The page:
27th Security Forces Airman earns DoD honors

Janet Taylor-Birkey

The young lieutenant didn’t think he stood a chance. Even his father, a 20-year master sergeant, didn’t think he stood a chance.
It wasn’t because he wasn’t good. As the only lieutenant out of five finalists he was at the top of his game.
But he was competing against a captain who was a pilot and plenty of others who were also exceptionally qualified.
But he was proud, and had enjoyed the trip that allowed him a visit with his dad, stepmother and brother.
“And then they called my name.” He had indeed won.
And his father? He wound up on the floor from falling out of his chair backward, overcome with the pride of a father for a son.
This is how 1st Lt. Jonathon Murray, 27th Security Forces Squadron recalls the day he became the 2006 Capt. Robert W. Williams Military Award Winner, part of the 35th Annual Tuskegee Airmen Awards, held this year in Phoenix, Ariz.
“It was pretty impressive, almost surreal,” Lieutenant Murray mused, still appearing to find it difficult that he had truly won the Department of Defense level award. “It’s like being first pick of the NBA draft – that’s how shocking it was.”
Certainly impressive, certainly surreal. The company grade officer (CGO) award, based on leadership accomplishments, self-improvement and community service, had a pool of 400 nominees to draw from. And then there were five.
Lieutenant Murray entered the Air Force with a degree in kinesiology (the study of body movements) and a desire to pay down his school bill, but by his own admission, he has gained much more, among other things, high respect from his supervisor, Capt. Christopher Neiman, 27th Security Forces commander.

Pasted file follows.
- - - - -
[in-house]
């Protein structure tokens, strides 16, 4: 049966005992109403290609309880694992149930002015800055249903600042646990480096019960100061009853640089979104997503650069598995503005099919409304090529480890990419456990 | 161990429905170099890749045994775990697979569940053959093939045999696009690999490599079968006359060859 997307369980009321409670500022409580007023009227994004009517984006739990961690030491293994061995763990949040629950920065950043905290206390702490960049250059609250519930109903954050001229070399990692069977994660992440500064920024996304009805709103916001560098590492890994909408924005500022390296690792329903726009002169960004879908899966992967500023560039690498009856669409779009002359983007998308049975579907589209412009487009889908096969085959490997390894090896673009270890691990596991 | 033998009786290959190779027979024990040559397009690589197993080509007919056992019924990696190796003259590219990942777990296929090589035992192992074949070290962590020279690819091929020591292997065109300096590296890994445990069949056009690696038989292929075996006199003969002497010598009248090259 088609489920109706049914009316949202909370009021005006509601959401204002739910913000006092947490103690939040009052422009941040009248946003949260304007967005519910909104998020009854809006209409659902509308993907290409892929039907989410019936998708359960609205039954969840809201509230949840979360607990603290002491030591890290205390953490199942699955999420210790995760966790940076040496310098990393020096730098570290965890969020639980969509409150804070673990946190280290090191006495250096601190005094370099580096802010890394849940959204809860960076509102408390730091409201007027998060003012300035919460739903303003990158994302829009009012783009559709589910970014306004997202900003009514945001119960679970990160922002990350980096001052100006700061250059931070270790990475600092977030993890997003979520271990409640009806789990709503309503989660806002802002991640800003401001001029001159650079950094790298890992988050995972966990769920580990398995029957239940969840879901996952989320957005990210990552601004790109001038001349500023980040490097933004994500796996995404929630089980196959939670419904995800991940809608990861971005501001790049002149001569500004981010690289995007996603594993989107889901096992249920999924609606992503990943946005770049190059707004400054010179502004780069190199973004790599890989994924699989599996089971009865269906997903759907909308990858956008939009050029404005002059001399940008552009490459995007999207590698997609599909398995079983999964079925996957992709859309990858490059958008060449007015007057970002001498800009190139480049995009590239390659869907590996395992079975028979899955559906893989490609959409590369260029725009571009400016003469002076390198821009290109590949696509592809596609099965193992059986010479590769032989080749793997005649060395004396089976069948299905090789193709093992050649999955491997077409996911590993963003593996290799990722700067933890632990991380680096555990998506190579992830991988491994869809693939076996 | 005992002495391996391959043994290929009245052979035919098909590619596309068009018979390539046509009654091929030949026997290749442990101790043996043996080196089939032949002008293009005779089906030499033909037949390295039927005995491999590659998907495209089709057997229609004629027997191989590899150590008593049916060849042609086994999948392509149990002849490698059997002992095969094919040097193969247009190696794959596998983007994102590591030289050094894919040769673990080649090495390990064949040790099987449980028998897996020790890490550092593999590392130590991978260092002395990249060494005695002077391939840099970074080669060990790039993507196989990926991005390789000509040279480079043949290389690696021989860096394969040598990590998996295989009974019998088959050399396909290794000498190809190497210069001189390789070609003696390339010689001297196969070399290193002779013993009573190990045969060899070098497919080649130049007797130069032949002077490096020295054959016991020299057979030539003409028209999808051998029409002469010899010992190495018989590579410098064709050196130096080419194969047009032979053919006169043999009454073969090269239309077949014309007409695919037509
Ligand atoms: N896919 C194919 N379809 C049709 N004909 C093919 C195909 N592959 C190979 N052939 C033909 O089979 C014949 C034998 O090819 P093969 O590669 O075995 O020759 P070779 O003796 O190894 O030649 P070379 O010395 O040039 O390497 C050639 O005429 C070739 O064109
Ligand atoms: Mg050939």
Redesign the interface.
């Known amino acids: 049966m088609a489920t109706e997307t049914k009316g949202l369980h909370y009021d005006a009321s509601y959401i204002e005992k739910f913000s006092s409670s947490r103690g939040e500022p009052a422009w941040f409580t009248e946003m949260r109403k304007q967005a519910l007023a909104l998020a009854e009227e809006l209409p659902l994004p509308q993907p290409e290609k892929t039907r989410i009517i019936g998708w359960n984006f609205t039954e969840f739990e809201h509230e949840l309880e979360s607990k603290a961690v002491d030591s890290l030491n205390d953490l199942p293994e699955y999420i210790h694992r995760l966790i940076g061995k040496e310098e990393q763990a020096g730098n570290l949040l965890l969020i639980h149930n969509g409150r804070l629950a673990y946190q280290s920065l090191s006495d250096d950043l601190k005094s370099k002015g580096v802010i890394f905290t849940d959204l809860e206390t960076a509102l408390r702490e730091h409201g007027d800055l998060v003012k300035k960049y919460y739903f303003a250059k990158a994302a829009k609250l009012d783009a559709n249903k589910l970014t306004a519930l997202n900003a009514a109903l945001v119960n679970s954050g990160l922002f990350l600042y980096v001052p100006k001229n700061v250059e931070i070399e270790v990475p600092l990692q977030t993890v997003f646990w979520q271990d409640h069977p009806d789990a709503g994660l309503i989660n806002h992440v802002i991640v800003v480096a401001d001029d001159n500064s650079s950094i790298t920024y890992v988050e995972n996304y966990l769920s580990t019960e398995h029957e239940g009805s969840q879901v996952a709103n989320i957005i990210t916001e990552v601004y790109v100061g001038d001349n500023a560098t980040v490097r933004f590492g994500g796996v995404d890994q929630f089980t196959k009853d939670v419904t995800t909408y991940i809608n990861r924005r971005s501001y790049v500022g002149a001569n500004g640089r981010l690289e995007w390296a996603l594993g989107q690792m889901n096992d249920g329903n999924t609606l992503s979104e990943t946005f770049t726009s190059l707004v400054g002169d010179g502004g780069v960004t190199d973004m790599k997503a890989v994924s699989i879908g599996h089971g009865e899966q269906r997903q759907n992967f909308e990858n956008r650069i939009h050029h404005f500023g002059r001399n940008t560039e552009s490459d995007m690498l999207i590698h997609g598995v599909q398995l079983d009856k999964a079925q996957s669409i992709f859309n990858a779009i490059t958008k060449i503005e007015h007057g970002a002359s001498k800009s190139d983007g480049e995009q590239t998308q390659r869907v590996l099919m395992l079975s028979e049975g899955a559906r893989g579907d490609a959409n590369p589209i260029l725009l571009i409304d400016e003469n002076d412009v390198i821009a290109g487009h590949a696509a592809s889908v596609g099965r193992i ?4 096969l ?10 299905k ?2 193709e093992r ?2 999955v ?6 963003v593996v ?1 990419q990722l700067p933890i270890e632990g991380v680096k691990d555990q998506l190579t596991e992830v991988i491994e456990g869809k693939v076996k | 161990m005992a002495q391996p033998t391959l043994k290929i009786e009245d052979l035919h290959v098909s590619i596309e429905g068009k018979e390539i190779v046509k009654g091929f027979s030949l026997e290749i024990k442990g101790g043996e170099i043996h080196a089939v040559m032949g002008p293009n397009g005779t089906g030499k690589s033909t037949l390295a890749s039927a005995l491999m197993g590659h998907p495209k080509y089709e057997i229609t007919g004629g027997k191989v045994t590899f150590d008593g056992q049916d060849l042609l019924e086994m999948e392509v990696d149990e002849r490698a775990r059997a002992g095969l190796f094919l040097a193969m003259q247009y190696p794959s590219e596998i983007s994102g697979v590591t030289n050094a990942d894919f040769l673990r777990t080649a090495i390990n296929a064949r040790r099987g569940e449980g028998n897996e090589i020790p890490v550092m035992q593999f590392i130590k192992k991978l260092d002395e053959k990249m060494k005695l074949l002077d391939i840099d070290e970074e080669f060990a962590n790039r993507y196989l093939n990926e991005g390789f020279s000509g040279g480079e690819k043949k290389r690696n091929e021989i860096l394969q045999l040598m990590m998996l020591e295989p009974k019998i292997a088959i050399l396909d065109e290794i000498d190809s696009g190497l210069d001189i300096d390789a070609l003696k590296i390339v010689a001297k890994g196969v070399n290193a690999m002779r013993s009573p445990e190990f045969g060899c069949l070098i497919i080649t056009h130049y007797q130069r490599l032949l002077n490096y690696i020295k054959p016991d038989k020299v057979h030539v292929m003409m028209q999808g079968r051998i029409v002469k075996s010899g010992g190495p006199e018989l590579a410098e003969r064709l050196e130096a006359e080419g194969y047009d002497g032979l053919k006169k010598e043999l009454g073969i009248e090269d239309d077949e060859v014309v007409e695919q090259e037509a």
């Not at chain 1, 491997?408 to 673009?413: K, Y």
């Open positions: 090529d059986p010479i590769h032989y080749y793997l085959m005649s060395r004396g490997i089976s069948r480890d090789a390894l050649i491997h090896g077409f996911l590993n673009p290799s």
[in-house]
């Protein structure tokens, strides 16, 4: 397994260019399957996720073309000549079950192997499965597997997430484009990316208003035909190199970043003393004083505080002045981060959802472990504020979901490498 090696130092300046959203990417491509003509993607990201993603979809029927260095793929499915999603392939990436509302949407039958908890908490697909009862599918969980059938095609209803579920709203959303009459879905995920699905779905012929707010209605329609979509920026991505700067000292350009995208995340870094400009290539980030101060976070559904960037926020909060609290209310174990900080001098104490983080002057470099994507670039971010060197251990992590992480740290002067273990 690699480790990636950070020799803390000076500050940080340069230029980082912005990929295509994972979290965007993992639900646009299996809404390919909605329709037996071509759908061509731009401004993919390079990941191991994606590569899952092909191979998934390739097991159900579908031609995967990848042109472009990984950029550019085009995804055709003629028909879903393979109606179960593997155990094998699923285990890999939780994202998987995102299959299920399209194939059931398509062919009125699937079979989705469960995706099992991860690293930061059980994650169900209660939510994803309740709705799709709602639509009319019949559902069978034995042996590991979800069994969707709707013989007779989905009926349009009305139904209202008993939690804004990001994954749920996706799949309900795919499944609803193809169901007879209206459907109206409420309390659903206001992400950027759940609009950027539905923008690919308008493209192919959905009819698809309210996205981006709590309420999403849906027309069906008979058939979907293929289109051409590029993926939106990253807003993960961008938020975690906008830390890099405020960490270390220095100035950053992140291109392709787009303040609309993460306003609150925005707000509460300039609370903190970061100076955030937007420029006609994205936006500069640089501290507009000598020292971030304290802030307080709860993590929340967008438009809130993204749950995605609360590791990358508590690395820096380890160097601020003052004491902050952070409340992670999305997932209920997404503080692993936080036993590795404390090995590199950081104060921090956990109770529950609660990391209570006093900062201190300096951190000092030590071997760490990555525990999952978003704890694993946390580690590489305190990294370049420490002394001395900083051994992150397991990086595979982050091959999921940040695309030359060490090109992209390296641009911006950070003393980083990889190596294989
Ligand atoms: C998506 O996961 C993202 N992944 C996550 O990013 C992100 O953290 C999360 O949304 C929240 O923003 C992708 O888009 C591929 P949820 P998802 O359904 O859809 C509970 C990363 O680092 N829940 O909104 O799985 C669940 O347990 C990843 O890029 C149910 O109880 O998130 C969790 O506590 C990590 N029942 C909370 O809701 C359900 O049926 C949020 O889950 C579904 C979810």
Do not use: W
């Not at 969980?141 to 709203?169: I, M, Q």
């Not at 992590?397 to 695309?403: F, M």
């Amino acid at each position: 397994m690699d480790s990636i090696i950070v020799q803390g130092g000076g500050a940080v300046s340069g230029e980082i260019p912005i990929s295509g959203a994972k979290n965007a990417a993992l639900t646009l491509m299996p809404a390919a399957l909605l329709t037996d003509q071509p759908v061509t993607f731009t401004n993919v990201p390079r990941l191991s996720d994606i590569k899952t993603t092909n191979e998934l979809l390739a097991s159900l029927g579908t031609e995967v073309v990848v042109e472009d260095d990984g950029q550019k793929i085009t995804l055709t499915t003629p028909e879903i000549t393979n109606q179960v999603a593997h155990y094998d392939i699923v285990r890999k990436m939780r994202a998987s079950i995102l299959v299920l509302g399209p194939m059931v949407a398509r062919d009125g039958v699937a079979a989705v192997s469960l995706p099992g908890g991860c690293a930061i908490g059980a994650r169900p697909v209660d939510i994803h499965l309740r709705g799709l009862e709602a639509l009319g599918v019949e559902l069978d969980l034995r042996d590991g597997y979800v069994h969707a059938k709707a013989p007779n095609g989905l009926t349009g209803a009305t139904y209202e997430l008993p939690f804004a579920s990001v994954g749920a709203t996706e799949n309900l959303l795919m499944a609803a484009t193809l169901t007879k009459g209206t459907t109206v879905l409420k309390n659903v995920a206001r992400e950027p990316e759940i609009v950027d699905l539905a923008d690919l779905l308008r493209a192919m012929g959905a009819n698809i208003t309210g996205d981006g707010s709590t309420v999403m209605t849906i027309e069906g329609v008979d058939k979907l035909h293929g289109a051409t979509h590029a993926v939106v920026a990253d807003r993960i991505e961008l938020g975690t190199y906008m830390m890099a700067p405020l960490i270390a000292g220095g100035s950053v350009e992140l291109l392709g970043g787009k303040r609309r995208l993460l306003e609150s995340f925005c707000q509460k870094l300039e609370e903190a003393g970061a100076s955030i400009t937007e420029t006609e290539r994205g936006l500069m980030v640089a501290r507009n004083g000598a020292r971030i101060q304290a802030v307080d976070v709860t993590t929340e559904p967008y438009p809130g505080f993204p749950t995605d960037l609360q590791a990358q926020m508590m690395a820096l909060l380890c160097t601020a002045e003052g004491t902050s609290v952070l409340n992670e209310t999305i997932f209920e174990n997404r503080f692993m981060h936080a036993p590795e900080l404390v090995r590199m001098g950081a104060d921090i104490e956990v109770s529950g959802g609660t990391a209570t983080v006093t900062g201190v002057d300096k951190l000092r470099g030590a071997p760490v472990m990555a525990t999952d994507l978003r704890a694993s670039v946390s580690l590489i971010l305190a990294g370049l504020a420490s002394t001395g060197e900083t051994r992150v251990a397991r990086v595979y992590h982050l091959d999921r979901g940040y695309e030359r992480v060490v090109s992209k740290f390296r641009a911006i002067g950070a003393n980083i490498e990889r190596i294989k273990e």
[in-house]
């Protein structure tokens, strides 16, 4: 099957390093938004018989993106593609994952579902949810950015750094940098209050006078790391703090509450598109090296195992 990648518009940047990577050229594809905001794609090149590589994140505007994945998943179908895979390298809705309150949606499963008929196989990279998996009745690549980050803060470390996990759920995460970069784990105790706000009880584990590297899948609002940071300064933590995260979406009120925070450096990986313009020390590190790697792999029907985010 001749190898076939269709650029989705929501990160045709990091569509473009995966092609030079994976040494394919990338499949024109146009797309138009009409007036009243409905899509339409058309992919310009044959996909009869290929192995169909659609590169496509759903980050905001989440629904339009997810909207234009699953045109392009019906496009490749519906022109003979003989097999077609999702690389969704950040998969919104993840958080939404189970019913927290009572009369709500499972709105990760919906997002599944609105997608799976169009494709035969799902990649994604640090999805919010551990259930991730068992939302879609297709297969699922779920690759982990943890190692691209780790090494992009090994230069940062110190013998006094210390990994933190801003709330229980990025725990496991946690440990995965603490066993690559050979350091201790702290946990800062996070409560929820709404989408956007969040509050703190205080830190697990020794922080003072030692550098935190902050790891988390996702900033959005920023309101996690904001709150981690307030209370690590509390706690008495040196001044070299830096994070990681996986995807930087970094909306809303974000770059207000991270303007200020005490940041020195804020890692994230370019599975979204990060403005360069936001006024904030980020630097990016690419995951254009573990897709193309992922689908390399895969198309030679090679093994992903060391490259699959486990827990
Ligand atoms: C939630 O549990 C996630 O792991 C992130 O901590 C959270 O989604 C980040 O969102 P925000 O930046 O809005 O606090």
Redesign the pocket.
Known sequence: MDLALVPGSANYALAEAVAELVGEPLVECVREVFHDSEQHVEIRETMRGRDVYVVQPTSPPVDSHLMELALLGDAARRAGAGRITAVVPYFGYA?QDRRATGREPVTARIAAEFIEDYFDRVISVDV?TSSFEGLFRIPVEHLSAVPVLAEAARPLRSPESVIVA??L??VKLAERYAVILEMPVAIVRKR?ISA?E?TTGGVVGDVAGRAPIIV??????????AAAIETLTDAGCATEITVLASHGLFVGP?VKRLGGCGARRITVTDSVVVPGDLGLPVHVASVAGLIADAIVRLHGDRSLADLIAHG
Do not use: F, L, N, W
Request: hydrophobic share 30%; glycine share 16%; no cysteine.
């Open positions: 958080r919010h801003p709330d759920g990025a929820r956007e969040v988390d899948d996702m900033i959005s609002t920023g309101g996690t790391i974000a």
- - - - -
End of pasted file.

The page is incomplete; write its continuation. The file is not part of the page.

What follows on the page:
“First Lieutenant Jon Murray has performed exceptionally within Security Forces both at home and deployed. As a first lieutenant, he has been fulfilling the role of Operations and Training Flight commander within the unit, a position typically held by a seasoned captain,” said Captain Neiman. This role includes commanding the flight line and front gate troops along with commanding the K-9 unit, overseeing jail confinements and securing unit training.
Training is a priority for Lieutenant Murray, since he knows first hand what it means to have to rely on the training received.
As commander of a gun truck security convoy traveling through Balad, Iraq, Lieutenant Murray and his troops were hit by enemy fire, that killed a third-country national on their team. The convoy returned fire, recovered the body and returned it for a proper burial and was soon on the road again.
One of the more amazing things about his tour at Forward Operating Base Speicher was, “You don’t know how much you are loved.” He said when the convoy returned to their mission, nationals were lined along the road, waving American flags and blowing kisses. “They know you put your life on the line for them.”
Asked about the fear factor, Lieutenant Murray said, “You don’t have time to be scared. You react and go on auto pilot.” He credits 18 – hour days, seven days a week for two months for providing him the training that saved his and his troops lives.
“We have the goal to bring all of our troops home,” said Lieutenant Murray. “I’m coming home, so I’m going to pay attention to this training.”
But why are activities such as community involvement important for this young officer?
“It creates a total package of what you can provide to your troops,” said Lieutenant Murray, who then posed the question of how can leaders ask their troops to be involved if they do not get involved themselves?
Lieutenant Murray will pin on the rank of captain in about nine months, but then what? Are his future walls decorated with more military awards and his clothing with more impressive rank patches? Captain Neiman believes Lieutenant Murray has a bright future with the Air Force. “He is, and will no doubt continue to be an experienced and valued asset [to] the [security forces] career field.”
Lieutenant Murray said he is not sure of what the future will bring, but plans to stay “as long as I’m having fun. Anytime I’m allowed to do that, makes it worthwhile.”